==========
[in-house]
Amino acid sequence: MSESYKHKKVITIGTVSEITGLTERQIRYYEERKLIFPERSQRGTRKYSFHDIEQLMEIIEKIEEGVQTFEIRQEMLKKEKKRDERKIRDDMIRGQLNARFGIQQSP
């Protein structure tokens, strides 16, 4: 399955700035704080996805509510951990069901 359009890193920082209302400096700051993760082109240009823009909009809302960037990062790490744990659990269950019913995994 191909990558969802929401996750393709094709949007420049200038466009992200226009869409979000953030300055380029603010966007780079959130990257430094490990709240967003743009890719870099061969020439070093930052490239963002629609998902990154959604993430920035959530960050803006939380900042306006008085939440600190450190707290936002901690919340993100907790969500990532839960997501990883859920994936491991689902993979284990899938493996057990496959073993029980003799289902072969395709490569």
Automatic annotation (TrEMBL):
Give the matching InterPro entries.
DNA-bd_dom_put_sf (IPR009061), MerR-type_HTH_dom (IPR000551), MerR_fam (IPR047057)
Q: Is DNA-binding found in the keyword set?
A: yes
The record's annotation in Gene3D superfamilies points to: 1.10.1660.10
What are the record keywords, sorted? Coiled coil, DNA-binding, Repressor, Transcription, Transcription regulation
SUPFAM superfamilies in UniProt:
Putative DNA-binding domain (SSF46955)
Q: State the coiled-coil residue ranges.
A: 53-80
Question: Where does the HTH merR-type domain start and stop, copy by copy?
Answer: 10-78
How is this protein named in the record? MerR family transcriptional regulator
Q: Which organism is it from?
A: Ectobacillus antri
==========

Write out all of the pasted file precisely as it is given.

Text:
[in-house]
Amino acid sequence: MSESYKHKKVITIGTVSEITGLTERQIRYYEERKLIFPERSQRGTRKYSFHDIEQLMEIIEKIEEGVQTFEIRQEMLKKEKKRDERKIRDDMIRGQLNARFGIQQSP
């Protein structure tokens, strides 16, 4: 399955700035704080996805509510951990069901 359009890193920082209302400096700051993760082109240009823009909009809302960037990062790490744990659990269950019913995994 191909990558969802929401996750393709094709949007420049200038466009992200226009869409979000953030300055380029603010966007780079959130990257430094490990709240967003743009890719870099061969020439070093930052490239963002629609998902990154959604993430920035959530960050803006939380900042306006008085939440600190450190707290936002901690919340993100907790969500990532839960997501990883859920994936491991689902993979284990899938493996057990496959073993029980003799289902072969395709490569």
Automatic annotation (TrEMBL):
Give the matching InterPro entries.
DNA-bd_dom_put_sf (IPR009061), MerR-type_HTH_dom (IPR000551), MerR_fam (IPR047057)
Q: Is DNA-binding found in the keyword set?
A: yes
The record's annotation in Gene3D superfamilies points to: 1.10.1660.10
What are the record keywords, sorted? Coiled coil, DNA-binding, Repressor, Transcription, Transcription regulation
SUPFAM superfamilies in UniProt:
Putative DNA-binding domain (SSF46955)
Q: State the coiled-coil residue ranges.
A: 53-80
Question: Where does the HTH merR-type domain start and stop, copy by copy?
Answer: 10-78
How is this protein named in the record? MerR family transcriptional regulator
Q: Which organism is it from?
A: Ectobacillus antri